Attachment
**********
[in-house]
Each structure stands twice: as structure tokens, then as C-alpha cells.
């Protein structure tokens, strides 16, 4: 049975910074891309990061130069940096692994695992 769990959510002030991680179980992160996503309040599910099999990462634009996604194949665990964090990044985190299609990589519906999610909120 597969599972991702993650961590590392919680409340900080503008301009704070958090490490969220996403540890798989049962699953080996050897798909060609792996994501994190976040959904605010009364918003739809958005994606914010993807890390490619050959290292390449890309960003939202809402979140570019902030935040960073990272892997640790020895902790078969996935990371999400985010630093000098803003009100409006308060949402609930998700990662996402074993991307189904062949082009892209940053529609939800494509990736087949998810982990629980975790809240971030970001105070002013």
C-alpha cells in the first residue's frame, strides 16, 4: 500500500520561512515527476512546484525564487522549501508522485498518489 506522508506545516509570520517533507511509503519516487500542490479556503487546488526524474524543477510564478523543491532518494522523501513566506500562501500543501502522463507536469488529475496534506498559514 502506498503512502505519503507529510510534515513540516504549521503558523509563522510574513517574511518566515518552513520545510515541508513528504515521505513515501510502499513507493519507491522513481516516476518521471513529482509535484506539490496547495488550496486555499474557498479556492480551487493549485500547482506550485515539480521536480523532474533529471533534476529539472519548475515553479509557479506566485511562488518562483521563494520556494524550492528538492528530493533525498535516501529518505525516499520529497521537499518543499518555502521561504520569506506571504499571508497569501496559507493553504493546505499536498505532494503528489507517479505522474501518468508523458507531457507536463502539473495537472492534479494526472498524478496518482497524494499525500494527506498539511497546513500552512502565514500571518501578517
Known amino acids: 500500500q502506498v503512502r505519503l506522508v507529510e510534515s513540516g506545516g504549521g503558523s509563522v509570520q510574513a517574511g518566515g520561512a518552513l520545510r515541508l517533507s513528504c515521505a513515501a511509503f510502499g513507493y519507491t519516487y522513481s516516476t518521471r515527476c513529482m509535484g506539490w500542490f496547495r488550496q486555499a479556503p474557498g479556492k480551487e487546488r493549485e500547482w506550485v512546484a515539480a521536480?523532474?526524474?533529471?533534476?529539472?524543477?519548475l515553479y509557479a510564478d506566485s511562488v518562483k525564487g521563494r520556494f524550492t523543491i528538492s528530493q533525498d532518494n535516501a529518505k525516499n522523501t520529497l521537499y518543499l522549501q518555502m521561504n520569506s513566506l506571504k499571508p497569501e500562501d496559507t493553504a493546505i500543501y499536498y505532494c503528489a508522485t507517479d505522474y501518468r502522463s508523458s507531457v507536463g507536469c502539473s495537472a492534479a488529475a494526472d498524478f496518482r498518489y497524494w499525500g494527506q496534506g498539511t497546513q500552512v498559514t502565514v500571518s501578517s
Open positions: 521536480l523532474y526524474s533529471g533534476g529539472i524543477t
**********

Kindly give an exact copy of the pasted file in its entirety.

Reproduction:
[in-house]
Each structure stands twice: as structure tokens, then as C-alpha cells.
């Protein structure tokens, strides 16, 4: 049975910074891309990061130069940096692994695992 769990959510002030991680179980992160996503309040599910099999990462634009996604194949665990964090990044985190299609990589519906999610909120 597969599972991702993650961590590392919680409340900080503008301009704070958090490490969220996403540890798989049962699953080996050897798909060609792996994501994190976040959904605010009364918003739809958005994606914010993807890390490619050959290292390449890309960003939202809402979140570019902030935040960073990272892997640790020895902790078969996935990371999400985010630093000098803003009100409006308060949402609930998700990662996402074993991307189904062949082009892209940053529609939800494509990736087949998810982990629980975790809240971030970001105070002013």
C-alpha cells in the first residue's frame, strides 16, 4: 500500500520561512515527476512546484525564487522549501508522485498518489 506522508506545516509570520517533507511509503519516487500542490479556503487546488526524474524543477510564478523543491532518494522523501513566506500562501500543501502522463507536469488529475496534506498559514 502506498503512502505519503507529510510534515513540516504549521503558523509563522510574513517574511518566515518552513520545510515541508513528504515521505513515501510502499513507493519507491522513481516516476518521471513529482509535484506539490496547495488550496486555499474557498479556492480551487493549485500547482506550485515539480521536480523532474533529471533534476529539472519548475515553479509557479506566485511562488518562483521563494520556494524550492528538492528530493533525498535516501529518505525516499520529497521537499518543499518555502521561504520569506506571504499571508497569501496559507493553504493546505499536498505532494503528489507517479505522474501518468508523458507531457507536463502539473495537472492534479494526472498524478496518482497524494499525500494527506498539511497546513500552512502565514500571518501578517
Known amino acids: 500500500q502506498v503512502r505519503l506522508v507529510e510534515s513540516g506545516g504549521g503558523s509563522v509570520q510574513a517574511g518566515g520561512a518552513l520545510r515541508l517533507s513528504c515521505a513515501a511509503f510502499g513507493y519507491t519516487y522513481s516516476t518521471r515527476c513529482m509535484g506539490w500542490f496547495r488550496q486555499a479556503p474557498g479556492k480551487e487546488r493549485e500547482w506550485v512546484a515539480a521536480?523532474?526524474?533529471?533534476?529539472?524543477?519548475l515553479y509557479a510564478d506566485s511562488v518562483k525564487g521563494r520556494f524550492t523543491i528538492s528530493q533525498d532518494n535516501a529518505k525516499n522523501t520529497l521537499y518543499l522549501q518555502m521561504n520569506s513566506l506571504k499571508p497569501e500562501d496559507t493553504a493546505i500543501y499536498y505532494c503528489a508522485t507517479d505522474y501518468r502522463s508523458s507531457v507536463g507536469c502539473s495537472a492534479a488529475a494526472d498524478f496518482r498518489y497524494w499525500g494527506q496534506g498539511t497546513q500552512v498559514t502565514v500571518s501578517s
Open positions: 521536480l523532474y526524474s533529471g533534476g529539472i524543477t